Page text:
She notes that the drinks industry is ruled by premiumisation and branding. “While we know that not all gin is created equal, at the end of the day, that branding just ends up in the recycling bin,” she says. Stripping away what is ultimately unnecessary, Darwin & Wallace stock one gin that is primarily refilled from a bag-in-a-box, and are exploring tequila delivered in kegs that can be taken away, cleaned, refilled and reused. They’ve been considering wine on tap for a number of years now, but won’t make the leap from bottle to tap “until it is a closed loop, end-to-end sustainable solution that delivers on quality to our guests.”
Here, too, they’re eager to have a bigger impact, but their efforts to start a ripple effect are not always successful. Three years ago, they approached a premium pouring brand that they work with to ask if there was anything in their roadmap that could help both businesses to reduce waste and carbon footprint. Citing quality control, the brand said this was not on the immediate horizon. “With the clout that these global brands have,” says Jessica, “a change from just one business would see others racing to be next.”
A passion for provenance
Provenance is a cornerstone of sourcing across everything at Darwin & Wallace: food, drinks and non-F&B supplies. “Provenance gives us a reason to start a conversation with a potential new supplier,” says Jessica. “It’s a hook, an anchor on which to form a partnership. Working with provenance in mind gives us a great opportunity to be inspired by, champion and share the journey of other like-minded people and producers.”
Darwin & Wallace works closely with key suppliers and is meticulous in securing written agreements that favour local or British produce and include commitments to specific animal welfare standards, sustainable seafood, palm oil-free products and ethical trade commitments. They also require environmental and land management commitments from each supplier. The team is proud to have their own small gardens at a number of sites where they keep bees for honey and experiment with growing ingredients like rhubarb, hard herbs and tomatoes themselves.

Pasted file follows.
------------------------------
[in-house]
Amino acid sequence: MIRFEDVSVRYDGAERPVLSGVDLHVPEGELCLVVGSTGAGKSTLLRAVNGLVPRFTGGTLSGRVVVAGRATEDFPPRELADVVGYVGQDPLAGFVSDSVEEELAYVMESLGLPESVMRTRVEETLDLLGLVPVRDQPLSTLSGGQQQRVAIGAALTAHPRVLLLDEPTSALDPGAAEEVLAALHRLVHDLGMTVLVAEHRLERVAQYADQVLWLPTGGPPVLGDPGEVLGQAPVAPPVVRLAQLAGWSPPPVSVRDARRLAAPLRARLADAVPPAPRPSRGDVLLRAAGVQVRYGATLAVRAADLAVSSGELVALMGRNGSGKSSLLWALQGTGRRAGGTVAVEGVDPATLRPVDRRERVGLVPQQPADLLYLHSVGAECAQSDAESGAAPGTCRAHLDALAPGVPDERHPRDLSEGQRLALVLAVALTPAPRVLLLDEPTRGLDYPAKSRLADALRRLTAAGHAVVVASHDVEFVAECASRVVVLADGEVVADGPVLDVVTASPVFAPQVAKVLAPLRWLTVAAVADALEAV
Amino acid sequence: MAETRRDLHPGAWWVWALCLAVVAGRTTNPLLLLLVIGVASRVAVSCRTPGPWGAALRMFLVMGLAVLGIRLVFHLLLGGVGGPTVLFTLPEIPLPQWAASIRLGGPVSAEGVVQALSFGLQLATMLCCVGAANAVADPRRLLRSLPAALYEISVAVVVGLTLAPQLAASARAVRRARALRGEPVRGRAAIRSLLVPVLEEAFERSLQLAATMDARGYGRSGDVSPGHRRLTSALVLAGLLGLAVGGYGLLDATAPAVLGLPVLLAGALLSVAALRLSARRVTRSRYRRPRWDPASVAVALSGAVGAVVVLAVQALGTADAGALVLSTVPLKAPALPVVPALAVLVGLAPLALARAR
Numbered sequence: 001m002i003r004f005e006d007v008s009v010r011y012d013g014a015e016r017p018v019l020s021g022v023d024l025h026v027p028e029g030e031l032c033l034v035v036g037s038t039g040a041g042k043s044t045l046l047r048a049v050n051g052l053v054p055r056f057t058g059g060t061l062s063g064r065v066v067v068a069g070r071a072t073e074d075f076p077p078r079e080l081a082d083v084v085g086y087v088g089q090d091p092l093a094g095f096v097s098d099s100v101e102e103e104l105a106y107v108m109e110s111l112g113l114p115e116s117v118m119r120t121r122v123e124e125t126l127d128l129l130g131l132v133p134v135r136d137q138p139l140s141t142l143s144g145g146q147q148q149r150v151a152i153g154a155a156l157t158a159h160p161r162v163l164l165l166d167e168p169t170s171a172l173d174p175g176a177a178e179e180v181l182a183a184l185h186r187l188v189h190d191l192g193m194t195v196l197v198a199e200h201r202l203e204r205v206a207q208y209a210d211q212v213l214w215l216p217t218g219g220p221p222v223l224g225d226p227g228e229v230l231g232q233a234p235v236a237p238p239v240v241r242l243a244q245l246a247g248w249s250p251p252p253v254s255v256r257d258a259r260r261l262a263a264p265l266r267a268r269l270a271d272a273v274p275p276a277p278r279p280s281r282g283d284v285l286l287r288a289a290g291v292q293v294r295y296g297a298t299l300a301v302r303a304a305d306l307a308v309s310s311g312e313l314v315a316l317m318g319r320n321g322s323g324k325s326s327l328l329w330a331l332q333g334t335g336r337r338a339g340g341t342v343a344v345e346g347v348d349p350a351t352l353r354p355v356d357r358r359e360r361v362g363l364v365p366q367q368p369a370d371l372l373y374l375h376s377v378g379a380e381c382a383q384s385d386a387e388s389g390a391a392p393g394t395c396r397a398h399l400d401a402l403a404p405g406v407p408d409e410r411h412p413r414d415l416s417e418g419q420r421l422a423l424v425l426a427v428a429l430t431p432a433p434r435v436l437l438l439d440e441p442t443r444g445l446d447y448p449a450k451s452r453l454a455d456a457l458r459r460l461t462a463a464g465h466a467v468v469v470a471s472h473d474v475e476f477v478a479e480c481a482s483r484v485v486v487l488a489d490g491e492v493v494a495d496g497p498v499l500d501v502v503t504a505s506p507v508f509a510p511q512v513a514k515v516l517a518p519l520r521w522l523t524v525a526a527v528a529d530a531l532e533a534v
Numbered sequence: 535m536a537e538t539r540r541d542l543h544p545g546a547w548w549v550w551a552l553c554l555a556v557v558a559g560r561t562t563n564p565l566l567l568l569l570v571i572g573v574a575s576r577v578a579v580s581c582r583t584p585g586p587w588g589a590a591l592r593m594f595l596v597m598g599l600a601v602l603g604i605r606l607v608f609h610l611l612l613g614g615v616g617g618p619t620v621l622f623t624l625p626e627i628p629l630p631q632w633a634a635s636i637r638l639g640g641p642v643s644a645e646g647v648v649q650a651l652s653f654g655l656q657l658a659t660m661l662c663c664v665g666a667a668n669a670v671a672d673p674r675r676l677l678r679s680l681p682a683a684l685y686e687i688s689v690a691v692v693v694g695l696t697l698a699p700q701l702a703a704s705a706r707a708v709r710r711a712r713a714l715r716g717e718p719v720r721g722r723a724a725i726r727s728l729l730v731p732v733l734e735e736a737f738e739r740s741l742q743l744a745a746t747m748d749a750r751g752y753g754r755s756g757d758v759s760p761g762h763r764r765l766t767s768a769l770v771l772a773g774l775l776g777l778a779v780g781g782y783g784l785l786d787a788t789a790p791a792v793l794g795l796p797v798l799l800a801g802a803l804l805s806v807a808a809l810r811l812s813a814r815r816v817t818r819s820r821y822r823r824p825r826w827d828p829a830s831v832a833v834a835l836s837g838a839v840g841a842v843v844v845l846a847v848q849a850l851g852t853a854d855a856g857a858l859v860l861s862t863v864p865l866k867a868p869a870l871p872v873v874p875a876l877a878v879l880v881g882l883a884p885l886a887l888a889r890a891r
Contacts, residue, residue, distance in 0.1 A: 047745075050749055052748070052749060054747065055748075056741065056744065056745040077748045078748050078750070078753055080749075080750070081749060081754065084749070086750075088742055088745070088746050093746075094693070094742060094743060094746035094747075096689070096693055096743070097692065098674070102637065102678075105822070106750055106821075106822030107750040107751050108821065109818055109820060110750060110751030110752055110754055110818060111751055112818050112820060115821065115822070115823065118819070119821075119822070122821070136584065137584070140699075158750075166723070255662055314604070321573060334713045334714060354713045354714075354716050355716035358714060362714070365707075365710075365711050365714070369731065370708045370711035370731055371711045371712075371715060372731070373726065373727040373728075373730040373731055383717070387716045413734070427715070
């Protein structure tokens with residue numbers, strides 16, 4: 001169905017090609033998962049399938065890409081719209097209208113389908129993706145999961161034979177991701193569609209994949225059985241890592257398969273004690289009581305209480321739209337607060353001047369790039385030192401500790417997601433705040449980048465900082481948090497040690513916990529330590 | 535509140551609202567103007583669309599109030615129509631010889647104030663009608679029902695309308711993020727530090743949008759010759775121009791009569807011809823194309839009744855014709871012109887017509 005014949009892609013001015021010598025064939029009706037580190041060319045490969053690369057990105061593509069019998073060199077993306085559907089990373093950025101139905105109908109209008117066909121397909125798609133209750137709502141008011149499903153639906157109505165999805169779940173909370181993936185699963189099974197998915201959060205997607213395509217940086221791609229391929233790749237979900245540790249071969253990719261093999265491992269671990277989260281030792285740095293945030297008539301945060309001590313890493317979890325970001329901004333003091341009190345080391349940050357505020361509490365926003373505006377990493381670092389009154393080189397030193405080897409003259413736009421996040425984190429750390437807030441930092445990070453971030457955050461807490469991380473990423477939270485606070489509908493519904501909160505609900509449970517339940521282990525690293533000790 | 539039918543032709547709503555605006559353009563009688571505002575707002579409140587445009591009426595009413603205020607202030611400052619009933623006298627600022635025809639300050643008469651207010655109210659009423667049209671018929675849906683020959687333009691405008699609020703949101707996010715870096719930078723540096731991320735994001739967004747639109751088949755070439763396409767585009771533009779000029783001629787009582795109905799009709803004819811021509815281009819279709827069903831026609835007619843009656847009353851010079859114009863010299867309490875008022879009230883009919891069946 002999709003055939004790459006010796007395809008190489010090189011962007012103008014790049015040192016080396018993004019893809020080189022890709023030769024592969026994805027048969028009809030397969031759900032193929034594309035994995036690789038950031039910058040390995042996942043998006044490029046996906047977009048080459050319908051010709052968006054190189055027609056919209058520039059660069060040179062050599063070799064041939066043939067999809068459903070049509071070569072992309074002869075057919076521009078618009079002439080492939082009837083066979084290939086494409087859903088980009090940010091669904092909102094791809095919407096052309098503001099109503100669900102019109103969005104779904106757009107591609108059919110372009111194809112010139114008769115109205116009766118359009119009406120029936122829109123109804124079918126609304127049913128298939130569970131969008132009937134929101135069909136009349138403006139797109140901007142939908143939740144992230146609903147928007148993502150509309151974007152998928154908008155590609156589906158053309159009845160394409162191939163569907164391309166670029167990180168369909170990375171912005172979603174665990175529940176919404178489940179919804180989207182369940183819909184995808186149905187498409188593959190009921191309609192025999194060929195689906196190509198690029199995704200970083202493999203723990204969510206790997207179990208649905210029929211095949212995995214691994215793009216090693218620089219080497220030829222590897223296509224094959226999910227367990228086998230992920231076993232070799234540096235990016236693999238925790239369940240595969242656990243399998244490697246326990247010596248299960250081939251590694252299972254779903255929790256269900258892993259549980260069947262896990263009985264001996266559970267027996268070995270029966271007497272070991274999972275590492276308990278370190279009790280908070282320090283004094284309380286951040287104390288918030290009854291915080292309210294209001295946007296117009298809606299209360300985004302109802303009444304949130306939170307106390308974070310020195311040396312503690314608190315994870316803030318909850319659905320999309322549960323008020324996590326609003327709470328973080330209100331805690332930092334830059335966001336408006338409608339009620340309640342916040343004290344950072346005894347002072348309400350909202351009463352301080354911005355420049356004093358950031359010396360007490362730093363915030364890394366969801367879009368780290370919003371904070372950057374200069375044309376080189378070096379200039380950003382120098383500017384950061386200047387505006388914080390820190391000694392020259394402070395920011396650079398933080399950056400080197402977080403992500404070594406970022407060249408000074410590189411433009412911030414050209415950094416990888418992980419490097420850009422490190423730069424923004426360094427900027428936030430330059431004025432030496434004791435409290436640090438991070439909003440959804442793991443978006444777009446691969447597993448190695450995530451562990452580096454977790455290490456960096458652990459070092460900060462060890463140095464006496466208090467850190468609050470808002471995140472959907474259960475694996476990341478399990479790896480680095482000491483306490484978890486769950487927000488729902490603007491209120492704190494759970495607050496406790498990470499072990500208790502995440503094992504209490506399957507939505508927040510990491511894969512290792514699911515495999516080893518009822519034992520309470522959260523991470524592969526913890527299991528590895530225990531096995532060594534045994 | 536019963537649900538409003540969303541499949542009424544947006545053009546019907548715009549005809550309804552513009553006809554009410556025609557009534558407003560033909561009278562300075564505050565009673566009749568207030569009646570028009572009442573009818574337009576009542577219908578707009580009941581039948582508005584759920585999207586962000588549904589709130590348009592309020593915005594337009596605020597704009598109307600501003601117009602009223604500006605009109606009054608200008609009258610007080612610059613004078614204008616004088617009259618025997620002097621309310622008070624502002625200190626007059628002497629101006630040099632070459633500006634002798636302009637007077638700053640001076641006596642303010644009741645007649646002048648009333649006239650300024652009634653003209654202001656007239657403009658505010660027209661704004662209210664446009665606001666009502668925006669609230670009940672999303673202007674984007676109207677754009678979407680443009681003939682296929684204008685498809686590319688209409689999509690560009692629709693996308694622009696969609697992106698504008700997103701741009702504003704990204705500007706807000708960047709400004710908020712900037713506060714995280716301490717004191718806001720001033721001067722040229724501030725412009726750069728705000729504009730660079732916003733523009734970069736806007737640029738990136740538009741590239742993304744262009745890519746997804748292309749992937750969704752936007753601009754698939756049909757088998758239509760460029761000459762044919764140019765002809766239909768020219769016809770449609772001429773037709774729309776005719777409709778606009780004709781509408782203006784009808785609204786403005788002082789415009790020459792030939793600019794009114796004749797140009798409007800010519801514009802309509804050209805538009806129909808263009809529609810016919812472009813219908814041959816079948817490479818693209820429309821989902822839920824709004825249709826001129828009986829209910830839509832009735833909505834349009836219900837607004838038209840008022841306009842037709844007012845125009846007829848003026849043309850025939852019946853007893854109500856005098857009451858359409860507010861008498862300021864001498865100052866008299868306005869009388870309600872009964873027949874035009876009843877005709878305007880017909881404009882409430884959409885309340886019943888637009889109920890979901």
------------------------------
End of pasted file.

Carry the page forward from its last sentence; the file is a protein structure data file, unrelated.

Conscious of the growth in demand for non-alcoholic options, Darwin & Wallace champion ethically sourced green coffee beans from a local London roastery and preservative-free, freshly squeezed juice. On the menu, you’ll find Karma Cola, LemonAID, ChariTEA and DASH waters – all chosen for being great tasting products that operate fairly and ethically and give back to the communities from which they come.
The team takes inspiration from the produce, people and businesses within their network, and has always felt that provenance is something to celebrate. “Taking the Standard and being part of the FMG community helps us reinforce and celebrate the importance of provenance. We love the chance to meet and learn from even more incredible and passionate people.”
The business is always on the lookout for producers and products that not only taste great but have a story and are innovative, driving change in their own way or doing something new. Meanwhile, in-house messaging and training are key. “Part of our sustainability journey will always be reinforcing our ideas and standards with our team as it grows,” Jessica wraps up. “Our business is ever evolving.”
THE FOOD MADE GOOD STANDARD IS BETTER THAN EVER! HERE'S HOW...
- Food Made Good
6 REASONS TO BE EXCITED ABOUT OUR FANCY NEW WEBSITE
- Food Made Good
NEW PARTNER ALERT! BONIVIRI IS BRINGING FOOD MADE GOOD TO ITALY
- Food Made Good